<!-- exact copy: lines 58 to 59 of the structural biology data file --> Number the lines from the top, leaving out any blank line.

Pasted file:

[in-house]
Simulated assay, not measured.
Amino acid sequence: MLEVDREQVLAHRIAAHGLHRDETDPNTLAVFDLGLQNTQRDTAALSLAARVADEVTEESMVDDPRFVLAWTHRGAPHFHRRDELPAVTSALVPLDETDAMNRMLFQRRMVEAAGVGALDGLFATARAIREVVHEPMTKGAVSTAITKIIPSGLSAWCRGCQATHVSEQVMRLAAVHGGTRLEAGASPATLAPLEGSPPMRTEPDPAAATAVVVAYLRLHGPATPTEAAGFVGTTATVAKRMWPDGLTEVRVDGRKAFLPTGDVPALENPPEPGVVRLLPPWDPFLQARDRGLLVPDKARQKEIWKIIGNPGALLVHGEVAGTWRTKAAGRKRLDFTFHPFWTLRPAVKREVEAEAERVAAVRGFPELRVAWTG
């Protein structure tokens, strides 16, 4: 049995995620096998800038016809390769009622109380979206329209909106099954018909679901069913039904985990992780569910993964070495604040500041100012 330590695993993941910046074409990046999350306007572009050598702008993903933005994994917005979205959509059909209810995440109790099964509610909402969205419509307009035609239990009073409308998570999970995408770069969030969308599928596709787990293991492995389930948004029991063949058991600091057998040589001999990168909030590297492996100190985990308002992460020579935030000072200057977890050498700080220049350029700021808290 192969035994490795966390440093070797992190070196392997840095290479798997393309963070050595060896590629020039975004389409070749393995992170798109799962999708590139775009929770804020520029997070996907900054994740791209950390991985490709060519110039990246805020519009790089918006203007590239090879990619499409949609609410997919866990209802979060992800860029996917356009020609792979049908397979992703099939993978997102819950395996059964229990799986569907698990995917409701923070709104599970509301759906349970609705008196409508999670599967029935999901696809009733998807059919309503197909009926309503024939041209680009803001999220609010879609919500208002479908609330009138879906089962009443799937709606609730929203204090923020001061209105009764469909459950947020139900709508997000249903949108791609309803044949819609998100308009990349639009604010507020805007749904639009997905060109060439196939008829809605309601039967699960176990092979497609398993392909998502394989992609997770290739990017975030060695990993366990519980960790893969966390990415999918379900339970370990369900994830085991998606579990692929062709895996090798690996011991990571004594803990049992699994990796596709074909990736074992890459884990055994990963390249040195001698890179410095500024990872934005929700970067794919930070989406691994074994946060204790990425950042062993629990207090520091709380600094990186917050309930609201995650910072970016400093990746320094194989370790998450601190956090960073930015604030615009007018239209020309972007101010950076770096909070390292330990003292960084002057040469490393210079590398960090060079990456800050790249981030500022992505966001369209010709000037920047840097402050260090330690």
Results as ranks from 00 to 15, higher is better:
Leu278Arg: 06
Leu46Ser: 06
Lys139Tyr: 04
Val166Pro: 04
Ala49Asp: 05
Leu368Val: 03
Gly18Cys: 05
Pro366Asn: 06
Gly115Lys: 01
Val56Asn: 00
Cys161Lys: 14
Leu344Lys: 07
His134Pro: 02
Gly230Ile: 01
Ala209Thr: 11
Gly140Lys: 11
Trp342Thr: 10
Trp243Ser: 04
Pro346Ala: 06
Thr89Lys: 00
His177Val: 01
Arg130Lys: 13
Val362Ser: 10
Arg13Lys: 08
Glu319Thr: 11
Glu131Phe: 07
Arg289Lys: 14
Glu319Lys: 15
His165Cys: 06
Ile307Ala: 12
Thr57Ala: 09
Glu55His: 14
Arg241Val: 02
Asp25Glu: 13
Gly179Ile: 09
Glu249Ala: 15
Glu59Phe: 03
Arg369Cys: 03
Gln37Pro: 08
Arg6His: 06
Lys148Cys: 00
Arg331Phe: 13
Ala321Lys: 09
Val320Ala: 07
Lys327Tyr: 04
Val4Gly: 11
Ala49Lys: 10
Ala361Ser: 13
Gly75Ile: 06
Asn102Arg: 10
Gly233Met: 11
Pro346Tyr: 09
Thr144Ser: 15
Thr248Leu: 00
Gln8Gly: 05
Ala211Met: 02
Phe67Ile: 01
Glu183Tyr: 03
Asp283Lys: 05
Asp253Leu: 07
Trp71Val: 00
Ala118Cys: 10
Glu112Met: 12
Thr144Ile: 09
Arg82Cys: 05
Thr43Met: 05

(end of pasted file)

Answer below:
Thr144Ser: 15
Thr248Leu: 00